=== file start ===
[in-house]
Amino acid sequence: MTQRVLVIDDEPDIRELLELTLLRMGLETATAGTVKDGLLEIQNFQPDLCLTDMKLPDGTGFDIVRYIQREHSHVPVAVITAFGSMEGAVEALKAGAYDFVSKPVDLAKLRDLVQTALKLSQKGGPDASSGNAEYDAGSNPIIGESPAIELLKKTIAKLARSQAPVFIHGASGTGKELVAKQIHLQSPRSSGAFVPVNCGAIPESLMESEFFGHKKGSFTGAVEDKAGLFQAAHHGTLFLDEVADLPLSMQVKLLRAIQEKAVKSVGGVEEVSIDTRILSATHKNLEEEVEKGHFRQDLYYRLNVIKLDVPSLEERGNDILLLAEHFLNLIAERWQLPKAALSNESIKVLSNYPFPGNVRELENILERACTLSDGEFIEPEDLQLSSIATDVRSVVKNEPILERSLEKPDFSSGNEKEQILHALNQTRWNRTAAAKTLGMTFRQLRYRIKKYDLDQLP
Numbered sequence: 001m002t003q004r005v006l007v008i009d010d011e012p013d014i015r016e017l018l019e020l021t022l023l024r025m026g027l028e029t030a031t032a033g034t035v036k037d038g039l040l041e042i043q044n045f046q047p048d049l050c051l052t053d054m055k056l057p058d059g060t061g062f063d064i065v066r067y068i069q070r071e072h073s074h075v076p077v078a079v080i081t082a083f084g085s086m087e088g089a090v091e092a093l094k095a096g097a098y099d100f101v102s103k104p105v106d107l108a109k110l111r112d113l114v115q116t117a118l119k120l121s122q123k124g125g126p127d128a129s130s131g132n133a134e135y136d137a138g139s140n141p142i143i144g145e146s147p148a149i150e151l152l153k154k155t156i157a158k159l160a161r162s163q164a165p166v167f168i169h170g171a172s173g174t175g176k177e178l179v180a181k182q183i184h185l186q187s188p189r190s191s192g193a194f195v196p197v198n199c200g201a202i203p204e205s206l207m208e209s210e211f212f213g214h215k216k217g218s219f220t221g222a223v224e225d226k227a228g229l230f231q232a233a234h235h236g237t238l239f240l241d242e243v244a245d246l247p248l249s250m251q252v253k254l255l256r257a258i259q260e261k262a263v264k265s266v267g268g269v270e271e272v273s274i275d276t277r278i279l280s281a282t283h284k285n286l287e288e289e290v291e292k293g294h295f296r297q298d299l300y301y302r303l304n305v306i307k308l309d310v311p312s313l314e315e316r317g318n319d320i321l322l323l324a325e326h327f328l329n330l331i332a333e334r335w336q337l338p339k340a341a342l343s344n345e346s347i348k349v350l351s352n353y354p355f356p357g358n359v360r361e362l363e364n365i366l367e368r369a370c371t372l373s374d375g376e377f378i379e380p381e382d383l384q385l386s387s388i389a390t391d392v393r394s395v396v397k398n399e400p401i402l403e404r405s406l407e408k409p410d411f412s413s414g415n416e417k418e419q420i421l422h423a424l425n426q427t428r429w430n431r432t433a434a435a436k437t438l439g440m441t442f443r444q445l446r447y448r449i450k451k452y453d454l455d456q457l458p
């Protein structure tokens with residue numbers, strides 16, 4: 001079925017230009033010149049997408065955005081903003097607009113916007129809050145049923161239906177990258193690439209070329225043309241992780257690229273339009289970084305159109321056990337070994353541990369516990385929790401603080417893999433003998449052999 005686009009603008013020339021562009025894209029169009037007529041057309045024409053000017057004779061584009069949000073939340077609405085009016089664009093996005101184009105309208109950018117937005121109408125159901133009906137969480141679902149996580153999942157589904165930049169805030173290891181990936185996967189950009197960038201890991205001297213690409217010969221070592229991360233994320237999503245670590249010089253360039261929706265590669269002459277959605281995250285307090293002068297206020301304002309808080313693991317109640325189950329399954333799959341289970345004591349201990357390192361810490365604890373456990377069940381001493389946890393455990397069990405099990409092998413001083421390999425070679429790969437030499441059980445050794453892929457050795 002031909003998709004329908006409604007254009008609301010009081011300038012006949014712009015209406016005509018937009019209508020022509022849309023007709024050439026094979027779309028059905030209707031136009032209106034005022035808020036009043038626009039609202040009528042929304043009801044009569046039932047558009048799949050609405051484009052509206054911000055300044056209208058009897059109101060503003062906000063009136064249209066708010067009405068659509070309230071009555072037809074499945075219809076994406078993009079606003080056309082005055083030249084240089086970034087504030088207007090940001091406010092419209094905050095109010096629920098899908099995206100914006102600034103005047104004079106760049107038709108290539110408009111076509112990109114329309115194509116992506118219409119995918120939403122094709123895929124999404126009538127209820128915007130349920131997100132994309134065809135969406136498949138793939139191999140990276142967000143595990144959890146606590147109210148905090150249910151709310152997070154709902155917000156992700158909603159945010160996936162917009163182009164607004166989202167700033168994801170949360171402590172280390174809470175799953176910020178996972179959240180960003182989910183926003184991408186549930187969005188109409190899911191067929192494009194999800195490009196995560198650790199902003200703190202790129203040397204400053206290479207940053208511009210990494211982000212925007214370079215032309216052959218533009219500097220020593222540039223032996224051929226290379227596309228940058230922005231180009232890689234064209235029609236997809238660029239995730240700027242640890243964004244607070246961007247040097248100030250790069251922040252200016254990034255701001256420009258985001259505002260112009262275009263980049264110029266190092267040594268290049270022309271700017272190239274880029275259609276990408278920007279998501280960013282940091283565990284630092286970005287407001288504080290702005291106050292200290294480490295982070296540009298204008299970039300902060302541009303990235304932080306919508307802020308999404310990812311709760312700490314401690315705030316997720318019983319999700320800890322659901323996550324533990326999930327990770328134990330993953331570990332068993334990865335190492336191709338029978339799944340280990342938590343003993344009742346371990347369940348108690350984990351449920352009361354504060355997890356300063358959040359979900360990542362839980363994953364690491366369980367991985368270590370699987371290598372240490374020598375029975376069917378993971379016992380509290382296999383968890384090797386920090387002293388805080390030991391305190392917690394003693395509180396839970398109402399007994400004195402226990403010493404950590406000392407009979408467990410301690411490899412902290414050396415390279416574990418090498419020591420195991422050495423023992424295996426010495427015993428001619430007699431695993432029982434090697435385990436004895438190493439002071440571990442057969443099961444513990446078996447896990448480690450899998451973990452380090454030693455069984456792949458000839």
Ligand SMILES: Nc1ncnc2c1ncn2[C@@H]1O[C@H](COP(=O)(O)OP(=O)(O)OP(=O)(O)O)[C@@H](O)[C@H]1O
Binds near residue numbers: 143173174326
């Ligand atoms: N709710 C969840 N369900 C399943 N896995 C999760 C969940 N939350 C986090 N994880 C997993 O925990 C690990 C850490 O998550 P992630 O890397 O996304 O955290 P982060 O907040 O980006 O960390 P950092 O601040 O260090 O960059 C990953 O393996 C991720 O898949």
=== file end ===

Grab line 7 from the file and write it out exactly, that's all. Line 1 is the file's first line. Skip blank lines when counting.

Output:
């Ligand atoms: N709710 C969840 N369900 C399943 N896995 C999760 C969940 N939350 C986090 N994880 C997993 O925990 C690990 C850490 O998550 P992630 O890397 O996304 O955290 P982060 O907040 O980006 O960390 P950092 O601040 O260090 O960059 C990953 O393996 C991720 O898949």